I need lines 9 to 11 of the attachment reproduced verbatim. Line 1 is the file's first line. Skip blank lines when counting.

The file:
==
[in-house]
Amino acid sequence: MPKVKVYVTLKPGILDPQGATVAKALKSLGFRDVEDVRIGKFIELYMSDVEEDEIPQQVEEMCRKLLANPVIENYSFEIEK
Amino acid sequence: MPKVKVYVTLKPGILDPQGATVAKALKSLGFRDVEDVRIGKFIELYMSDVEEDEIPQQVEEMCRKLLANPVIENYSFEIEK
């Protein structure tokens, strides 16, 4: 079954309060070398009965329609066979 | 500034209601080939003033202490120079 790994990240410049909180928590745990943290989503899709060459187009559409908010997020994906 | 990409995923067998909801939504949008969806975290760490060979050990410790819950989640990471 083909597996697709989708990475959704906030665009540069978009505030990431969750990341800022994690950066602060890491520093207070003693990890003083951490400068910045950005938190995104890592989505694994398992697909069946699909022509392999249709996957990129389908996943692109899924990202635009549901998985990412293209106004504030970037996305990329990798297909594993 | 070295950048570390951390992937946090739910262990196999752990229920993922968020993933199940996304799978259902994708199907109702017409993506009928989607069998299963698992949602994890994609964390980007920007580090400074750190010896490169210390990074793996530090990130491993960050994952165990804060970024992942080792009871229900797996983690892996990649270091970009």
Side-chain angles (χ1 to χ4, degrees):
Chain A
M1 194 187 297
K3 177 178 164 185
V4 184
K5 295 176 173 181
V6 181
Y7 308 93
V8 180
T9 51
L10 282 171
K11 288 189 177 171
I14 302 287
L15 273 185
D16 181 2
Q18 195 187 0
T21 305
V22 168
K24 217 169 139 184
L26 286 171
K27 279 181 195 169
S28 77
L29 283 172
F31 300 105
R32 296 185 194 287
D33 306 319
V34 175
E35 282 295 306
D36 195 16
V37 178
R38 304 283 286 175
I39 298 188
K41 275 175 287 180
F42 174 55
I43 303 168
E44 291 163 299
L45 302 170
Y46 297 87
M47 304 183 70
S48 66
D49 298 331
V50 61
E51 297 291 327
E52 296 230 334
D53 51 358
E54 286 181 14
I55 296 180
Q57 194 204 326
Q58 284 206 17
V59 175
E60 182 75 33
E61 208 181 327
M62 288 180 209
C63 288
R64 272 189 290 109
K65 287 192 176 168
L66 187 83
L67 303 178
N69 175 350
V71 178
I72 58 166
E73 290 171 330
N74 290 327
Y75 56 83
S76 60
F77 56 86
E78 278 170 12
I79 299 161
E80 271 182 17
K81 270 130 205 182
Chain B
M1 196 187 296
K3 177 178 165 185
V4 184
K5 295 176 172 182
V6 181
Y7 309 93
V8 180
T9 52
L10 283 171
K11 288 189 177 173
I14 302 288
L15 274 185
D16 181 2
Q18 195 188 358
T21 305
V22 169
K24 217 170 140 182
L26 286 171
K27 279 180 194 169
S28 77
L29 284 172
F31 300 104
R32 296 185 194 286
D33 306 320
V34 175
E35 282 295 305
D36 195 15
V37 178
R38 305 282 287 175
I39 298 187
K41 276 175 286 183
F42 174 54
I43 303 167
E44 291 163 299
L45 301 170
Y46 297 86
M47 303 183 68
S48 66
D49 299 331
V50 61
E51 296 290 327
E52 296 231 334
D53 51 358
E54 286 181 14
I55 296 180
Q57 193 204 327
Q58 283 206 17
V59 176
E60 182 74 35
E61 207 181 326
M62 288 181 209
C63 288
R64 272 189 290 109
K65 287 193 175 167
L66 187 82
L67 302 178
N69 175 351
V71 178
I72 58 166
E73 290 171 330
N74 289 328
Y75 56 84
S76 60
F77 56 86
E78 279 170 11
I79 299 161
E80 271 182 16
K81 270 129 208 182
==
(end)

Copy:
V4 184
K5 295 176 173 181
V6 181